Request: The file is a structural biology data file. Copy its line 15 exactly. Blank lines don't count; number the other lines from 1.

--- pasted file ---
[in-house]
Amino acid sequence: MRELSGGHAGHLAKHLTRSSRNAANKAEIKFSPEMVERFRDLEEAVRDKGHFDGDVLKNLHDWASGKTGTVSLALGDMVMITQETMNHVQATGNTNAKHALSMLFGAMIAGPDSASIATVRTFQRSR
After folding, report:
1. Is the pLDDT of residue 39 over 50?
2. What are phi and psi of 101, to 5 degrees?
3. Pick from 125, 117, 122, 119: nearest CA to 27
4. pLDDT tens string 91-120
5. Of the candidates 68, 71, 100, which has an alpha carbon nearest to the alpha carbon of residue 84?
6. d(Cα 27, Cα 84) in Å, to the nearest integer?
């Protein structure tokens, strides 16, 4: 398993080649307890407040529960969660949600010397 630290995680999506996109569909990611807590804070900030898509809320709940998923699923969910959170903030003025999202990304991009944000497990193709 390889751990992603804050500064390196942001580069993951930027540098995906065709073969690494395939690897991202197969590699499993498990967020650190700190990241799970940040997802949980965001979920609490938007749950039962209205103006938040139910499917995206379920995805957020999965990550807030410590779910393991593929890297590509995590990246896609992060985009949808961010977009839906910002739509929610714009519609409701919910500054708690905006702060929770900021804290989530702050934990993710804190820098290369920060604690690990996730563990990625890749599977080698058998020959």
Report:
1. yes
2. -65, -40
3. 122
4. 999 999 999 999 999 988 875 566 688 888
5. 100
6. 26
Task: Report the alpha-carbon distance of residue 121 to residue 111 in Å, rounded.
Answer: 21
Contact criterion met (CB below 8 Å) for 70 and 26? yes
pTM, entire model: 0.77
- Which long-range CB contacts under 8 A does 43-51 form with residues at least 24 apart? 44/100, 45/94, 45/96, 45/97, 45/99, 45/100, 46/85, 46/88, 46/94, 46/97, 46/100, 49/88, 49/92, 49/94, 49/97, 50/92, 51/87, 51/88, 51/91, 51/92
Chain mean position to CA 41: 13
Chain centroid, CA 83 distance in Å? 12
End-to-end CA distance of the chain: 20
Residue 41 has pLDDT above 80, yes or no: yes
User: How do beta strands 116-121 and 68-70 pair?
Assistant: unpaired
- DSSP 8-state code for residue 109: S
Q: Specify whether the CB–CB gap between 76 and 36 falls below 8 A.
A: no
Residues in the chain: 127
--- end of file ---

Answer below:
4. 999 999 999 999 999 988 875 566 688 888